Role of Clonal Hematopoiesis
Currently, clonal hematopoiesis of indeterminate potential is often discovered accidentally, usually via a genetic test or blood/bone marrow sample. Should testing for this condition become part of a person’s routine physical exam?
If we someday find that we are able to reduce the risk of cardiovascular disease, including heart attack and stroke, with an intervention, say an anti-inflammatory drug, then, yes, screening for clonal hematopoiesis of indeterminate potential would become feasible. It has already been shown that canakinumab, an antibody against interleukin-1β, may reduce the risk of second events in people who have this condition and previously had a heart attack. Given how common clonal hematopoiesis is, having a screening test that becomes part of a periodic physical exam, similar to a cholesterol screening, as a routine preventive measure could be useful if there were an intervention proven to reduce mortality. This condition is so prevalent in older people and is a strong risk for cardiovascular events on the same order of magnitude as high cholesterol or smoking. By the time a person reaches age 70, he or she has at least a 10% risk of clonal hematopoiesis, and the higher risk of developing cardiovascular disease combined with the population burden is quite meaningful.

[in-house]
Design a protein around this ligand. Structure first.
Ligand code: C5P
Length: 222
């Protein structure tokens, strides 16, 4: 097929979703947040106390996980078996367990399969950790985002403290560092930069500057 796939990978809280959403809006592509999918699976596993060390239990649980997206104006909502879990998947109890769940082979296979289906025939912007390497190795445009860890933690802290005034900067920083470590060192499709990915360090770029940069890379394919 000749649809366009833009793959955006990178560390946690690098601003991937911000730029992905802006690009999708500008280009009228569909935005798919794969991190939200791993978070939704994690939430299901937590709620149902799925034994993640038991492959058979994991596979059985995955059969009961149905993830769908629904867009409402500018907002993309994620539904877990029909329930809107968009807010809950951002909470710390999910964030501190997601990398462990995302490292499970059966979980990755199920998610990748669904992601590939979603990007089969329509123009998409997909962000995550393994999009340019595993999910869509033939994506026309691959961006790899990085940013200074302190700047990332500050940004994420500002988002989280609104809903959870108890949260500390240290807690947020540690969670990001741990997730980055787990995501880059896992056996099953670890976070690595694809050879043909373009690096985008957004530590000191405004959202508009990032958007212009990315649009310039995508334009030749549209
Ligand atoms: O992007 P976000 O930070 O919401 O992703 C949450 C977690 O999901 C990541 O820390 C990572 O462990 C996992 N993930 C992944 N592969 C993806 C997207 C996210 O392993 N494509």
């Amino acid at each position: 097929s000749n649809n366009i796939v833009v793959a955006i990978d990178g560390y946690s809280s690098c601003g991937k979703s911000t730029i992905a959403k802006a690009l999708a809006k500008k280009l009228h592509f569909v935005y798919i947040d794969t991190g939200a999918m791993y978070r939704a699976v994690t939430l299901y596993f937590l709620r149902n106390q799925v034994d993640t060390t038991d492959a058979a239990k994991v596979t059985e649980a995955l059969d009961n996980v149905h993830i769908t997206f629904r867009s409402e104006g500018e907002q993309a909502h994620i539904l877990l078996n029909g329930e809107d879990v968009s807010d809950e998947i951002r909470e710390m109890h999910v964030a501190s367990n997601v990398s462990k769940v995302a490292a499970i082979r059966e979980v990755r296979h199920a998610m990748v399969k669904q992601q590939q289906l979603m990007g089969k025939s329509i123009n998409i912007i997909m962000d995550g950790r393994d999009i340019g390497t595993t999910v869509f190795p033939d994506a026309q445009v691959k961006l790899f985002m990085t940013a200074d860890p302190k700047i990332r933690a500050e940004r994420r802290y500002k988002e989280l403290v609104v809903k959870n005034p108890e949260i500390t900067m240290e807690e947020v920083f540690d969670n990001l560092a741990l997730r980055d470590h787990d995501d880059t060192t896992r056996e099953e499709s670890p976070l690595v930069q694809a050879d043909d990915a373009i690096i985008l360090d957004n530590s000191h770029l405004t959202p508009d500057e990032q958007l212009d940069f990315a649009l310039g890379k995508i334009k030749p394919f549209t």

Encouraging patients to quit smoking; eat a healthy diet; increase physical activity; and manage conditions such as hypertension, hyperlipidemia, or diabetes might help to mitigate the risk of heart attack and stroke in these patients. These measures are important for everyone, but likely to be especially important for folks with clonal hematopoiesis.